But what does Frascarelli’s use of the dérive and playful studying of the terrain achieve? From a psychogeographic standpoint it leads me to view the poem as an attempt to de-spectacularise Sydney Road by deconstructing and recomposing ‘the rigidly historic narrative’ embedded within it (Soja 1). Social theorist, Edward W Soja, suggests that one way we can achieve such a deconstruction is by re-collecting and creatively juxtaposing material: ‘experimenting with assertions and insertions of the spatial against the prevailing grain of time’ (2). This spatial experimentation correlates to both Frascarelli’s approach to poetry, and the SI’s aims of creating events or situations which are ‘not random acts’, but ‘constructed interventions with organized aesthetic aims and political rationale’ (Elias 823). Such a political and spatial consideration of place allows Frascarelli to interrogate the spectacle in Australia and its representations of history and culture – allowing alternative ideas surrounding these concepts to surface. This is further evident in section ‘#4’, where Frascarelli elucidates not just what occupies the road in its people and shops, but what lies beneath it, in both a symbolic and literal sense:
it’s a complex of surfaces; spat gum spots on the footpath cigarette butts wrappers receipts et alia : gilt route 55 detritus & coiled postures, but where there was blood washes away soonest & only few (would you remember) are haunted by the reminders of transient stains
He also goes on to acknowledge:
The Wheel compressing the frailer song unheard in the road of stone, steel & bitch-uh-men
This compressing of ‘the frailer song’ unable to be elucidated, is then juxtaposed to the next section, ‘1850’, where he details the men and process involved in the literal and physical laying of the road. This juxtaposition further reiterates Frascarelli’s interest in the history of our spectacular society here in Australia. For the birth of Australia was one grounded in the propagation of capitalism, of spectacular society, through the process of colonisation. The fact that non-indigenous, or rather, Australian’s with a past of migration, have no foundation beyond capitalist / consumerist society, and that we are firmly grounded in ‘things’, Frascarelli ironically points out in section ‘#18’:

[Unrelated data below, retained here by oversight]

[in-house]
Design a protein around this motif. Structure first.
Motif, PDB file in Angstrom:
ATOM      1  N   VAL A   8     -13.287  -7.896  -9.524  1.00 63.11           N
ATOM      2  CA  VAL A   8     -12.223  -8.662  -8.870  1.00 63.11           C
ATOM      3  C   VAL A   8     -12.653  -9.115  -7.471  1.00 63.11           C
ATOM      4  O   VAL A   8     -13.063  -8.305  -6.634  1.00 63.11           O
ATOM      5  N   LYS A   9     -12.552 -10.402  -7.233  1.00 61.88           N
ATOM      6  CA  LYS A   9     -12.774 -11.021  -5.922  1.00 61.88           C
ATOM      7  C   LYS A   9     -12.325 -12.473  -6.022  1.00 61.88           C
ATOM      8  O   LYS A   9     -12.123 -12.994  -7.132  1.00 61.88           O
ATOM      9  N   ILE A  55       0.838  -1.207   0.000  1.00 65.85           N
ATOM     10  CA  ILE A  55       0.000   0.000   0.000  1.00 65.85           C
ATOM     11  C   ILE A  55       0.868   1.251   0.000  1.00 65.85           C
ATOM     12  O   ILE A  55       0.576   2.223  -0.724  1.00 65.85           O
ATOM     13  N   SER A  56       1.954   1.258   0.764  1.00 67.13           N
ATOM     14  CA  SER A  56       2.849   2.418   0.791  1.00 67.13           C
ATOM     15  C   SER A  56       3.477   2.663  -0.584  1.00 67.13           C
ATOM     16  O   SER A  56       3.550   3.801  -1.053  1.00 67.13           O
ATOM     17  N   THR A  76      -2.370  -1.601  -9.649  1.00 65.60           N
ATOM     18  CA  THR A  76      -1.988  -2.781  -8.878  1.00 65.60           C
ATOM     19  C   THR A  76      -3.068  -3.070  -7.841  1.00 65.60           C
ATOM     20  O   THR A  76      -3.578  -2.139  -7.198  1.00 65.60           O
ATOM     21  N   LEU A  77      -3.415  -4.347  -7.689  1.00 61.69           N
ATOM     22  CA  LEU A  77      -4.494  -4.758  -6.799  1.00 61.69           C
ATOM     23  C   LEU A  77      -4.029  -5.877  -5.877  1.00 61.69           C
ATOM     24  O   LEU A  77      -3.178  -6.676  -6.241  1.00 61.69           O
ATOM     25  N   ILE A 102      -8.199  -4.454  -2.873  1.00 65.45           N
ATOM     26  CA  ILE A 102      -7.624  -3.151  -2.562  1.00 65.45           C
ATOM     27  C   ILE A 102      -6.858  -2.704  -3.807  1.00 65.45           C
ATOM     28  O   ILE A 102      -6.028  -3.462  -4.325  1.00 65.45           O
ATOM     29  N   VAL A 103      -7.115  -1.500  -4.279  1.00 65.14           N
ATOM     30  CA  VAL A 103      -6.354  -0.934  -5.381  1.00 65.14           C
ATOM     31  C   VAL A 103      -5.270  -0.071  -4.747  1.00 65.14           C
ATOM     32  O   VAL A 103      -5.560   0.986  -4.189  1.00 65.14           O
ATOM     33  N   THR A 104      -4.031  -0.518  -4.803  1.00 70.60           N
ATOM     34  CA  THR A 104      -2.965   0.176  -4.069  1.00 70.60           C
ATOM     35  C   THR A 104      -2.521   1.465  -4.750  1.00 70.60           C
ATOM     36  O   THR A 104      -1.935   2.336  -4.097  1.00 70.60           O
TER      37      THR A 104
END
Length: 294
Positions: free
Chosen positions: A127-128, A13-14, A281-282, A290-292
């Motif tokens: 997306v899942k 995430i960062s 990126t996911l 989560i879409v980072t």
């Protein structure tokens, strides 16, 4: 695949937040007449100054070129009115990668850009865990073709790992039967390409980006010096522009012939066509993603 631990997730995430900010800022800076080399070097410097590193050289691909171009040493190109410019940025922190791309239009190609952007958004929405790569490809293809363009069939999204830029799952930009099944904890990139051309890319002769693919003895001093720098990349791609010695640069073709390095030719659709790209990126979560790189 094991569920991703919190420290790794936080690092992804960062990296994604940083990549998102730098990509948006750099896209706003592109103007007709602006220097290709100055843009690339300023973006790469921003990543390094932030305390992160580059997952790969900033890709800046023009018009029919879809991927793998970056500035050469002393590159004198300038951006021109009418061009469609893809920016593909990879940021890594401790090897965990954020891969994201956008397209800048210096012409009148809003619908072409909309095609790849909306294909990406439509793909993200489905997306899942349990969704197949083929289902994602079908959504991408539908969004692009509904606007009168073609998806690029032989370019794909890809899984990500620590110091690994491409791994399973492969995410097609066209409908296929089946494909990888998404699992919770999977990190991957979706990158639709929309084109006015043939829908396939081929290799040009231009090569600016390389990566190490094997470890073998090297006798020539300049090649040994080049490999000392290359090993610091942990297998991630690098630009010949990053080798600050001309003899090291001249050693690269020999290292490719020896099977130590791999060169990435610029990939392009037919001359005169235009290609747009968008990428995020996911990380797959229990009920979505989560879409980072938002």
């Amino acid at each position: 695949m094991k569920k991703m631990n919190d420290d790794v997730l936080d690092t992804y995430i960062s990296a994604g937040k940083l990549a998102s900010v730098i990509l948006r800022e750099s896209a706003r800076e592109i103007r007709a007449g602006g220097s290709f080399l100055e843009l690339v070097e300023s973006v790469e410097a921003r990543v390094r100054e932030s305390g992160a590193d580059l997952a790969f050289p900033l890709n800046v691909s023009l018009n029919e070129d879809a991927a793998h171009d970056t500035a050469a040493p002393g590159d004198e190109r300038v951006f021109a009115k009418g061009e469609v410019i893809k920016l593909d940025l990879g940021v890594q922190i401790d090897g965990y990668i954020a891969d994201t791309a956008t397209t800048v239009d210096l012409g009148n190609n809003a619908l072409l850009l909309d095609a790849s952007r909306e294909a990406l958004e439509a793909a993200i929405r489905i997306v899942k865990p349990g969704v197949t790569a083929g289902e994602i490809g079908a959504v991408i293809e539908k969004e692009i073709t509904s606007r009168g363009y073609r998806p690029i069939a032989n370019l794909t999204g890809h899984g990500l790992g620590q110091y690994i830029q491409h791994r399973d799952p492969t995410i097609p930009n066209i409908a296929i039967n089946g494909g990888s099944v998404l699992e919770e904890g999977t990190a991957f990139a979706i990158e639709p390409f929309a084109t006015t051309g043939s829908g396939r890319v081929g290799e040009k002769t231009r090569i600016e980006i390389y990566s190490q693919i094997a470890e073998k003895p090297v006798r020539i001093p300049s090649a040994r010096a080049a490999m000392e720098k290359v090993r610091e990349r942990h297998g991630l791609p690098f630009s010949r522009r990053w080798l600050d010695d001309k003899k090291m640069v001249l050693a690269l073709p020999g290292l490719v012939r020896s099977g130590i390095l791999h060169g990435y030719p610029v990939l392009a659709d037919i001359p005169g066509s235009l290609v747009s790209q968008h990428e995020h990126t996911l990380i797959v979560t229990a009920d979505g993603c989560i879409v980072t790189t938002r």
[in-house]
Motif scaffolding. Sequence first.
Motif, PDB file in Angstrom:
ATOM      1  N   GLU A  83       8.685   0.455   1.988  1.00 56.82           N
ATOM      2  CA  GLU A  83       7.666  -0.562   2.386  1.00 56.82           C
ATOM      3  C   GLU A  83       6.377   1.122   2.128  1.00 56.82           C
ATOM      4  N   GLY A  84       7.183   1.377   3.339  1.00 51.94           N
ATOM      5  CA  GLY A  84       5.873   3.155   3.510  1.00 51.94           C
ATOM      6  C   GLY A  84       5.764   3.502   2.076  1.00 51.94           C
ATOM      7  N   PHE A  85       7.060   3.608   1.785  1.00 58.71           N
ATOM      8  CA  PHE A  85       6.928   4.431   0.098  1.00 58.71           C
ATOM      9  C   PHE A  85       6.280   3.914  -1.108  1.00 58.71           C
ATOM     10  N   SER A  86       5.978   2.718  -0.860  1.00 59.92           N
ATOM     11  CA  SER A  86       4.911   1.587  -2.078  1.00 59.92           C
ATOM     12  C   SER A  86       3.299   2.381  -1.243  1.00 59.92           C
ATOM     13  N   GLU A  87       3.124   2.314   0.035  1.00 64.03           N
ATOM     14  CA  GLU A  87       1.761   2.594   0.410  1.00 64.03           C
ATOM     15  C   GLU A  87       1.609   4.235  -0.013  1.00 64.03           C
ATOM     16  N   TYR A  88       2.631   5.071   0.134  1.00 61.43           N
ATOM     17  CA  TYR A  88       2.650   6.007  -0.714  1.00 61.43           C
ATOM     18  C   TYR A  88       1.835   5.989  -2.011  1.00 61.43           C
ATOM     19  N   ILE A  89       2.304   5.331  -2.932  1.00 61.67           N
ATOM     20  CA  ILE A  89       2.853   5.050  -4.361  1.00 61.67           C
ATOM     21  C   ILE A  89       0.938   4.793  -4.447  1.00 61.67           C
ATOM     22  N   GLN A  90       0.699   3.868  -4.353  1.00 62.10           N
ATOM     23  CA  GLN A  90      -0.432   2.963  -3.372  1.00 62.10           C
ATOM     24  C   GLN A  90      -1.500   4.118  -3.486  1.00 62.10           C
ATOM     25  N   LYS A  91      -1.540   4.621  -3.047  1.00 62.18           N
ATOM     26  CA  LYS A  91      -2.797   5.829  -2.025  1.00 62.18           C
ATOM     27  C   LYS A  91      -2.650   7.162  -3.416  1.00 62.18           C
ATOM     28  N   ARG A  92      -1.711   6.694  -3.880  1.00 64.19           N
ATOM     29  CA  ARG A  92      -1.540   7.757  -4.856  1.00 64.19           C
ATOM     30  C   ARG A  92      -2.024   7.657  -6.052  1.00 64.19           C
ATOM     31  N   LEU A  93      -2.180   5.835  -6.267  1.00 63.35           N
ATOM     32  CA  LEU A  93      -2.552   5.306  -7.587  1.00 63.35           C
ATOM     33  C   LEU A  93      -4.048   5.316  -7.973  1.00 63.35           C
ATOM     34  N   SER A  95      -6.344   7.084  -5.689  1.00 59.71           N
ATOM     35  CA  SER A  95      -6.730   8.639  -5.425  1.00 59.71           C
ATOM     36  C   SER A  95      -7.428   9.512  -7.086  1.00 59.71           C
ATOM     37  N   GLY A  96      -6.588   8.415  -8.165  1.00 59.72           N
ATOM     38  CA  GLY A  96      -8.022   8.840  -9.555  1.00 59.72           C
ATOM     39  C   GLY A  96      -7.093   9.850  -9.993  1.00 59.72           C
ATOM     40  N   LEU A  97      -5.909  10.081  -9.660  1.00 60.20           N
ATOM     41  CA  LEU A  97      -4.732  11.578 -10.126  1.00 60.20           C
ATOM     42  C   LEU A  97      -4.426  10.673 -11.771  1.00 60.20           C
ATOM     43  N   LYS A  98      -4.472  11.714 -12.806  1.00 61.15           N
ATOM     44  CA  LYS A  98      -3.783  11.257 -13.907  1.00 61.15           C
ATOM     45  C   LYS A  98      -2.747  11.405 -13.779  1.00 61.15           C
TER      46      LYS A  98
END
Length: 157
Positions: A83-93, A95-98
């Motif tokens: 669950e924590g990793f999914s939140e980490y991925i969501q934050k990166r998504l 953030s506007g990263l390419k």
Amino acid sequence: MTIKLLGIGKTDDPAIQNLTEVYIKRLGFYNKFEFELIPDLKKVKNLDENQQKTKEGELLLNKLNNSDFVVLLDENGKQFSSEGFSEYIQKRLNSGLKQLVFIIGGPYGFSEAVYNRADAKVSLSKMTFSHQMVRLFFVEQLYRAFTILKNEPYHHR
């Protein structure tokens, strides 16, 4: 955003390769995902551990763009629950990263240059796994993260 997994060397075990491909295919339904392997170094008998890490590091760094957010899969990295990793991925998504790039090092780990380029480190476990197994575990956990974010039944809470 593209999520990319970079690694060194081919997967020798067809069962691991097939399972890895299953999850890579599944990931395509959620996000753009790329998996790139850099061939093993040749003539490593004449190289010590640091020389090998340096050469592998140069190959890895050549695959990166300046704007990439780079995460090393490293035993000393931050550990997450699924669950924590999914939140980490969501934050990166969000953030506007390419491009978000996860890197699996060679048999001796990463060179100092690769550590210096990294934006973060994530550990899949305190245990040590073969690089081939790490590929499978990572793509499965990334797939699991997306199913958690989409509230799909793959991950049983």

each gaping mouth of the old shopfronts & prevailing What’s life without ?
In search of something more enduring than these ‘things’ Frascarelli’s poem elucidates what he believes are the more localised and significant aspects of Australian culture and history, such as our multicultural society (see excerpt of section ‘#33’ for an example) and our Indigenous heritage as in the following section, ‘#2’:
(bunjil) (waa) IRAMOO, what the deathless birds dreamed between the two creeks a man & a woman were created from bark & clay relative to sky, sun, water, trees, air etc. hand stitched water & air bags, broken open & blown into night sky. & into the same dust … so much is wonderful but never enough the way it is
Frascarelli’s approach to rendering the contradictions inherent in such diverse places as an Australian inner-city road de-emphasises the mainstream, and often romanticised, colonial narrative of white settlement: re-iterating the dérive’s ability to challenge ‘dominant formations of culture and history’ (Downing 262). A similar effect is also achieved in the poem through the collaging of found images / texts of Sydney Road. Collage is a key aspect of detournement, a ‘method for integrating pre-existing cultural productions into a superior constructed situation’ (Waxman 130). This is most evident in the following excerpt, ‘#47’, where the poet collages the ‘cultural productions’ that occupy the space within Sydney Road alongside his own writing. The following are two excerpts of such an approach in this section:
what draws me back here? A reprise? Obligations? Errands? Boredom? Poetry? so much stuff ? “I” , no context of “I” , in uncollective. (the girl with half her hair green coeval pediment, the days
This ironic re-arranging of pre-existing material makes ‘the possibilities for rejuvenation and reinvention appear endless …’ because it allows for a transforming ‘through action and perception from a functionalist, workaday place to one of games and encounters’ (Waxman 130). Again, like the use of dérive, detournement emphasises the idea of ‘play’ in the S.I.’s model of psychogeography and heightens the readers awareness of the tangibility of ideas integral to the propogation of spectacular society: such as time, money and ownership (Waxman 130).